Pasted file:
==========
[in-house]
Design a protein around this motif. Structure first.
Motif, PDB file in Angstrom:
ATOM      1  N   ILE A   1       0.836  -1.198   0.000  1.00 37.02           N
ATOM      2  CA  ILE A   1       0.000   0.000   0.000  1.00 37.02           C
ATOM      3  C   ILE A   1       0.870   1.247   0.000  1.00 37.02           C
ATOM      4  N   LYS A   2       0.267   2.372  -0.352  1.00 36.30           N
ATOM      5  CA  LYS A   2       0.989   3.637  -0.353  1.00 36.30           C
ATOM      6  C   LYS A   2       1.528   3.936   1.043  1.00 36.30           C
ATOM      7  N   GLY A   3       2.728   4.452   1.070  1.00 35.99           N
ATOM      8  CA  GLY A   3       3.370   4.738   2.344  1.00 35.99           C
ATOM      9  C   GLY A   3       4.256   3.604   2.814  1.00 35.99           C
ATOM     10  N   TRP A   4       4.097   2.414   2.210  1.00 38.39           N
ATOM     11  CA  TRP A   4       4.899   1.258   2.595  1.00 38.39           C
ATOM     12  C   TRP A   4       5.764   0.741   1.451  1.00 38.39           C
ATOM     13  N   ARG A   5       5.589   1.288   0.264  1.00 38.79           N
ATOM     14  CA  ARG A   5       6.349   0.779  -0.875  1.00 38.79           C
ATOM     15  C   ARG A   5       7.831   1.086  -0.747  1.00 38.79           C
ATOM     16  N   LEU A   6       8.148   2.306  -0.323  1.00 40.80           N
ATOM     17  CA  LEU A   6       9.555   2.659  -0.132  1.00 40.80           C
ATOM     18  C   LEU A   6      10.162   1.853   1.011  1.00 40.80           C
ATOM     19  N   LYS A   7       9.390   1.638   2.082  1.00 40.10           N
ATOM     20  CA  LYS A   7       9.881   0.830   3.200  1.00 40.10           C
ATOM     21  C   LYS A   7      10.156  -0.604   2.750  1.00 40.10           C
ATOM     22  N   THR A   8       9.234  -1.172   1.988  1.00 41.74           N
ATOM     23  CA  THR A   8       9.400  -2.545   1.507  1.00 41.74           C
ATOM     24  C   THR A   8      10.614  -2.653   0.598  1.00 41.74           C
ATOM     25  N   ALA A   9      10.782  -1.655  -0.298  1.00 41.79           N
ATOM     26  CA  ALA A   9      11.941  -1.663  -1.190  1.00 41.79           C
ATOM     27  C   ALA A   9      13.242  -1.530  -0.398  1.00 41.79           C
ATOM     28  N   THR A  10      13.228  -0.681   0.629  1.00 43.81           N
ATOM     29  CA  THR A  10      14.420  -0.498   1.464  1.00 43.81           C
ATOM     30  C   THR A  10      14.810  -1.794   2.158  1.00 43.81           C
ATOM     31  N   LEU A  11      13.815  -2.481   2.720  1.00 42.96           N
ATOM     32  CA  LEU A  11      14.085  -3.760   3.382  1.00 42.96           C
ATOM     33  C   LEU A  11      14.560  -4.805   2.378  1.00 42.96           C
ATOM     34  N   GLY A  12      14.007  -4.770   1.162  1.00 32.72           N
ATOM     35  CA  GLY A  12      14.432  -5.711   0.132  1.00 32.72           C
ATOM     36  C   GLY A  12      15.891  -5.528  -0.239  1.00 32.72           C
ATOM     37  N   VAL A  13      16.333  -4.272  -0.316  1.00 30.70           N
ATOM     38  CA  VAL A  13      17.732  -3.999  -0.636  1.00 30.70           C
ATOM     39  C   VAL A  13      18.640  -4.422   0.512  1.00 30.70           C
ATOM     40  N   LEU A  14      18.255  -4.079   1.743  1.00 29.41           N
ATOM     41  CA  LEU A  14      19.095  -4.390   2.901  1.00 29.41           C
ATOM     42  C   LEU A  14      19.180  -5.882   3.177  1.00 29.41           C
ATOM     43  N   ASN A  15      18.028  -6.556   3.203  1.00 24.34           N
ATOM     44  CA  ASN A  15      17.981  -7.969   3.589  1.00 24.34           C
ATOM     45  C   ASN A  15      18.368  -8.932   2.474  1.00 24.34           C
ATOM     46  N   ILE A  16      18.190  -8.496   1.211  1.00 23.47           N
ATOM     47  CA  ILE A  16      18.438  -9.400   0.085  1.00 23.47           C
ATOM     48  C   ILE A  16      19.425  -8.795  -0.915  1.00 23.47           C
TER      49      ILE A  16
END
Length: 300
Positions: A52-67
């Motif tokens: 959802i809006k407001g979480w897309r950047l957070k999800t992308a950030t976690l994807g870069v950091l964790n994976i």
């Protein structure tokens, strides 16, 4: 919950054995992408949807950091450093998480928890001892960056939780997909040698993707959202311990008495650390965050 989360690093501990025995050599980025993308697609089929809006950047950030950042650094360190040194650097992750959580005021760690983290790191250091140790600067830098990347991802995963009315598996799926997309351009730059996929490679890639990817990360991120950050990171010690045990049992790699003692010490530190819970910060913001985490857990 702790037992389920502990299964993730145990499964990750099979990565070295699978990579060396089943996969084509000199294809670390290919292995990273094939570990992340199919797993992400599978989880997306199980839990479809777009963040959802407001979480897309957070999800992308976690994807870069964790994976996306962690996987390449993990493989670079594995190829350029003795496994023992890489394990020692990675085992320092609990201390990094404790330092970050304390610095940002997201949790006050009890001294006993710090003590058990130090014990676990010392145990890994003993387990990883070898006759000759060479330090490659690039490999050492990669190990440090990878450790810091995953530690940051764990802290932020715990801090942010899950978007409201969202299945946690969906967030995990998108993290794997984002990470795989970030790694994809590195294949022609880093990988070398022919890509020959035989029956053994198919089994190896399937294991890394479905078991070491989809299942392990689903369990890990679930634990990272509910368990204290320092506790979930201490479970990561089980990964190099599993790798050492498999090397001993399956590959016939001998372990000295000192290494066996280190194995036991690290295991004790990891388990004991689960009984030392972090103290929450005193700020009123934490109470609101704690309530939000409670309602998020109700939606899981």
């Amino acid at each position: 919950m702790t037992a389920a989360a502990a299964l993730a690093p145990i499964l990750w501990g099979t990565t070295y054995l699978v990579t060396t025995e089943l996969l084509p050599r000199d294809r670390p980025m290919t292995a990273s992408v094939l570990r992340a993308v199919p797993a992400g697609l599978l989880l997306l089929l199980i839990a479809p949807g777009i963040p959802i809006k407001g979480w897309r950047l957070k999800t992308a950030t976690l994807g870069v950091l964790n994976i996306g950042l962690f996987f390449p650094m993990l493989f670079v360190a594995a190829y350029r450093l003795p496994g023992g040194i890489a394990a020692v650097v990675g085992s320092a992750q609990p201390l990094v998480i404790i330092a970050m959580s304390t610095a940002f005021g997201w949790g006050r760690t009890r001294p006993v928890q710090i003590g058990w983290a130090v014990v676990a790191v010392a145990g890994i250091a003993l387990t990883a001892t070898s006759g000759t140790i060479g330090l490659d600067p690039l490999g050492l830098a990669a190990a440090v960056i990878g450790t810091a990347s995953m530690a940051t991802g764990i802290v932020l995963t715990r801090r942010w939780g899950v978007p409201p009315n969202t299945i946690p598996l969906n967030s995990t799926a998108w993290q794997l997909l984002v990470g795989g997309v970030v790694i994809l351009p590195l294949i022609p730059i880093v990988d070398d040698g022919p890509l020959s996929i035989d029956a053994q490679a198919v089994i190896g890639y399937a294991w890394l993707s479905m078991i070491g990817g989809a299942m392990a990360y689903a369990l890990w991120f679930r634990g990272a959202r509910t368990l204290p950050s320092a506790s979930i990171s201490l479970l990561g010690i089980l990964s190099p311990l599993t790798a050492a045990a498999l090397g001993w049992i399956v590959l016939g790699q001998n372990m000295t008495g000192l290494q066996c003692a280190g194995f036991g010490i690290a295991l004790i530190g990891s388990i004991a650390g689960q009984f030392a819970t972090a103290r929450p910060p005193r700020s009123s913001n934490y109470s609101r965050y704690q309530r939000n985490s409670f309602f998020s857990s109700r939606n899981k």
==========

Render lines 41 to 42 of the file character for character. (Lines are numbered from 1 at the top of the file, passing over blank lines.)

ATOM     38  CA  VAL A  13      17.732  -3.999  -0.636  1.00 30.70           C
ATOM     39  C   VAL A  13      18.640  -4.422   0.512  1.00 30.70           C